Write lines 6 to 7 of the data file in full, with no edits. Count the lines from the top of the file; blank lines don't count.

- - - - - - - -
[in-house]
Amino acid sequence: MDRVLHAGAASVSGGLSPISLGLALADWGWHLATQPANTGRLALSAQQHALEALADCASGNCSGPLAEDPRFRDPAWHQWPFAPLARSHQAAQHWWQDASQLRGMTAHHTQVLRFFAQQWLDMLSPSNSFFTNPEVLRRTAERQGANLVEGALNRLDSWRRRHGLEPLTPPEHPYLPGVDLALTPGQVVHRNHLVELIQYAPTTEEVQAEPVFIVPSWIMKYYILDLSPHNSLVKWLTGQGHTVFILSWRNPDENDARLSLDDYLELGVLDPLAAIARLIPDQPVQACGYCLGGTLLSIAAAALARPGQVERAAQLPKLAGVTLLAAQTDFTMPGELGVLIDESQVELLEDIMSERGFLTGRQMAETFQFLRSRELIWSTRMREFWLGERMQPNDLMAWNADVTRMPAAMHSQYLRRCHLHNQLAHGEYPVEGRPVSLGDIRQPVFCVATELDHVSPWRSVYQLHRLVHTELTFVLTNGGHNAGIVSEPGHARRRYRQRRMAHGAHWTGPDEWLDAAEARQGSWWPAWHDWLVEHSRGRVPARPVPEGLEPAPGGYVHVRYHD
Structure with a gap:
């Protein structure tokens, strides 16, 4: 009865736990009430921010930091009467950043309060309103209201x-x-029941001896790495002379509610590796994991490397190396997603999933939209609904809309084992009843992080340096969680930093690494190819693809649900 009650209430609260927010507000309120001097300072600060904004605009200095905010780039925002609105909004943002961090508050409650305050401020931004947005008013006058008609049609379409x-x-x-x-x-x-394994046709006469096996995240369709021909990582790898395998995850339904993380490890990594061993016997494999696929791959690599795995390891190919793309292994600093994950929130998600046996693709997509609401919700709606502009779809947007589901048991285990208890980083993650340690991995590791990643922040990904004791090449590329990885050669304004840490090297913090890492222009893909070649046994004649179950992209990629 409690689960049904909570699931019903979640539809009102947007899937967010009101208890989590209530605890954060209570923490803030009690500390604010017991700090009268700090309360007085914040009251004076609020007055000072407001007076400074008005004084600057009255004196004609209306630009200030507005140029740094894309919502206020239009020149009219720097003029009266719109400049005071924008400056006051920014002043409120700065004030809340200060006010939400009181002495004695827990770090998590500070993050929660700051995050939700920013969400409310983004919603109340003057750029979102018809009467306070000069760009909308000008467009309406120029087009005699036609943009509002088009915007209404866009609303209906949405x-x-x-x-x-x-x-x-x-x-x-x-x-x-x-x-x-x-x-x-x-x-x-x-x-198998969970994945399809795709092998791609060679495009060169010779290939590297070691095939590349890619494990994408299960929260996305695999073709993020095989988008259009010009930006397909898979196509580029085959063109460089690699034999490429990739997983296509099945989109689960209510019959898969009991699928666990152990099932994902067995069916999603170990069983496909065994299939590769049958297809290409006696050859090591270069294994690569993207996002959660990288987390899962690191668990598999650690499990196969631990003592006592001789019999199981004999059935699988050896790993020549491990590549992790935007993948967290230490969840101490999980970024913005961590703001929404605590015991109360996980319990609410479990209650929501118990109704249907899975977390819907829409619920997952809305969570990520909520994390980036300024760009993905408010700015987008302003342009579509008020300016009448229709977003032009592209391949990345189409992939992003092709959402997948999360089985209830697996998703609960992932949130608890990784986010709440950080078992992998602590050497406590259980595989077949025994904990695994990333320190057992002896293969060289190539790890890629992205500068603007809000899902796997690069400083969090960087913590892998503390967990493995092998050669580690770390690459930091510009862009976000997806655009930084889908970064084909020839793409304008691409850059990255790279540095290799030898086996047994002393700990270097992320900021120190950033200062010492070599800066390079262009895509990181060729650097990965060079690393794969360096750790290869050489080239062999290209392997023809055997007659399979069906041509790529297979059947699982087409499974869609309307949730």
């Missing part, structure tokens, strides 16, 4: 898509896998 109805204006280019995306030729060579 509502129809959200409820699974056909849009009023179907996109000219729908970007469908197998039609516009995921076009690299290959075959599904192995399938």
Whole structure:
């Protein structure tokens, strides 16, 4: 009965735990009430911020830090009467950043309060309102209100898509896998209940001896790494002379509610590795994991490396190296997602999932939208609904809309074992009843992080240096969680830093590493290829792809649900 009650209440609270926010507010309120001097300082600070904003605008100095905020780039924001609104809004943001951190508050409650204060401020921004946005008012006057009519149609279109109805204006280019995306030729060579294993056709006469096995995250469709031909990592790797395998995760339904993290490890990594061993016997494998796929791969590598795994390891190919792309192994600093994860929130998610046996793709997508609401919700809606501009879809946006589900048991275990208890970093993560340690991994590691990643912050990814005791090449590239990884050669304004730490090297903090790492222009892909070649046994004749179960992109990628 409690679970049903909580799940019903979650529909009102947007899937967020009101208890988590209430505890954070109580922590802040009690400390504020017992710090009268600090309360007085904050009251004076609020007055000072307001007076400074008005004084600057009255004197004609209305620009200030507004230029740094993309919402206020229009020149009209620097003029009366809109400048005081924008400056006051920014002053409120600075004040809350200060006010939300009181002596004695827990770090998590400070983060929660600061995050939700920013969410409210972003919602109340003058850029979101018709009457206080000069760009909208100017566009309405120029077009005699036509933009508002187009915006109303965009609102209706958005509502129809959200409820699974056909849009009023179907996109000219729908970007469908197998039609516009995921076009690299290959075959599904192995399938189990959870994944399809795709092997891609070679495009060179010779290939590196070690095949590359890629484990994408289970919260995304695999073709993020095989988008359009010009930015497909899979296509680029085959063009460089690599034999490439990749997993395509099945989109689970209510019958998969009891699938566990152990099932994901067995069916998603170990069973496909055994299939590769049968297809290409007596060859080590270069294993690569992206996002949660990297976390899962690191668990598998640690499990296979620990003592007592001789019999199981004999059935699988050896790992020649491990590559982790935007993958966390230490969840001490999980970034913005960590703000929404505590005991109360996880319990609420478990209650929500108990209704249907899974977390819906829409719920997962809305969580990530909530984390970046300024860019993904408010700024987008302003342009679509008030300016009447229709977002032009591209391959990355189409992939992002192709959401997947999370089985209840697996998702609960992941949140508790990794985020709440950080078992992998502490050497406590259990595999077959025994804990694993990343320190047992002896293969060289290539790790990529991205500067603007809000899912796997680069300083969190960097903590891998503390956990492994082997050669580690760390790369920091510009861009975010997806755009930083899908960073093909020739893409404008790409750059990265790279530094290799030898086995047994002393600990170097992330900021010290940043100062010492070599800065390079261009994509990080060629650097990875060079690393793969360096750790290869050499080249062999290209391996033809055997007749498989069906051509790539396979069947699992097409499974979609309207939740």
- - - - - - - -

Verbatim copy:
Whole structure:
């Protein structure tokens, strides 16, 4: 009965735990009430911020830090009467950043309060309102209100898509896998209940001896790494002379509610590795994991490396190296997602999932939208609904809309074992009843992080240096969680830093590493290829792809649900 009650209440609270926010507010309120001097300082600070904003605008100095905020780039924001609104809004943001951190508050409650204060401020921004946005008012006057009519149609279109109805204006280019995306030729060579294993056709006469096995995250469709031909990592790797395998995760339904993290490890990594061993016997494998796929791969590598795994390891190919792309192994600093994860929130998610046996793709997508609401919700809606501009879809946006589900048991275990208890970093993560340690991994590691990643912050990814005791090449590239990884050669304004730490090297903090790492222009892909070649046994004749179960992109990628 409690679970049903909580799940019903979650529909009102947007899937967020009101208890988590209430505890954070109580922590802040009690400390504020017992710090009268600090309360007085904050009251004076609020007055000072307001007076400074008005004084600057009255004197004609209305620009200030507004230029740094993309919402206020229009020149009209620097003029009366809109400048005081924008400056006051920014002053409120600075004040809350200060006010939300009181002596004695827990770090998590400070983060929660600061995050939700920013969410409210972003919602109340003058850029979101018709009457206080000069760009909208100017566009309405120029077009005699036509933009508002187009915006109303965009609102209706958005509502129809959200409820699974056909849009009023179907996109000219729908970007469908197998039609516009995921076009690299290959075959599904192995399938189990959870994944399809795709092997891609070679495009060179010779290939590196070690095949590359890629484990994408289970919260995304695999073709993020095989988008359009010009930015497909899979296509680029085959063009460089690599034999490439990749997993395509099945989109689970209510019958998969009891699938566990152990099932994901067995069916998603170990069973496909055994299939590769049968297809290409007596060859080590270069294993690569992206996002949660990297976390899962690191668990598998640690499990296979620990003592007592001789019999199981004999059935699988050896790992020649491990590559982790935007993958966390230490969840001490999980970034913005960590703000929404505590005991109360996880319990609420478990209650929500108990209704249907899974977390819906829409719920997962809305969580990530909530984390970046300024860019993904408010700024987008302003342009679509008030300016009447229709977002032009591209391959990355189409992939992002192709959401997947999370089985209840697996998702609960992941949140508790990794985020709440950080078992992998502490050497406590259990595999077959025994804990694993990343320190047992002896293969060289290539790790990529991205500067603007809000899912796997680069300083969190960097903590891998503390956990492994082997050669580690760390790369920091510009861009975010997806755009930083899908960073093909020739893409404008790409750059990265790279530094290799030898086995047994002393600990170097992330900021010290940043100062010492070599800065390079261009994509990080060629650097990875060079690393793969360096750790290869050499080249062999290209391996033809055997007749498989069906051509790539396979069947699992097409499974979609309207939740």